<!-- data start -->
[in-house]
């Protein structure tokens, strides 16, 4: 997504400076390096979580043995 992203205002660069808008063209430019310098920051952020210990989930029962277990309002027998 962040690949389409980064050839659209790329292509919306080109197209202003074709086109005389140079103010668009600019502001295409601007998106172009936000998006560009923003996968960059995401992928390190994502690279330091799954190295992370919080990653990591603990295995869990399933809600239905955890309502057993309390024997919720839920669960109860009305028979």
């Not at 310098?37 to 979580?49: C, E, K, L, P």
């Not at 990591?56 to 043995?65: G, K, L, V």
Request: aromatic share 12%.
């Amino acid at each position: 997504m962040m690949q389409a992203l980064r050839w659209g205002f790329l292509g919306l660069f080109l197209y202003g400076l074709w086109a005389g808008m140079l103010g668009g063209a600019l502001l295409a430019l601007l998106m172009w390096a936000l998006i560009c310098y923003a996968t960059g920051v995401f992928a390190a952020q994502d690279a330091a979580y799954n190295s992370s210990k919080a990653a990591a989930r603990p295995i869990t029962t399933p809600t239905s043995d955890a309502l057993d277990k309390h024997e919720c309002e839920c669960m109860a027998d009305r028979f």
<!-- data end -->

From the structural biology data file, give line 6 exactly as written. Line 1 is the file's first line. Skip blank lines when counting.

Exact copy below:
């Amino acid at each position: 997504m962040m690949q389409a992203l980064r050839w659209g205002f790329l292509g919306l660069f080109l197209y202003g400076l074709w086109a005389g808008m140079l103010g668009g063209a600019l502001l295409a430019l601007l998106m172009w390096a936000l998006i560009c310098y923003a996968t960059g920051v995401f992928a390190a952020q994502d690279a330091a979580y799954n190295s992370s210990k919080a990653a990591a989930r603990p295995i869990t029962t399933p809600t239905s043995d955890a309502l057993d277990k309390h024997e919720c309002e839920c669960m109860a027998d009305r028979f």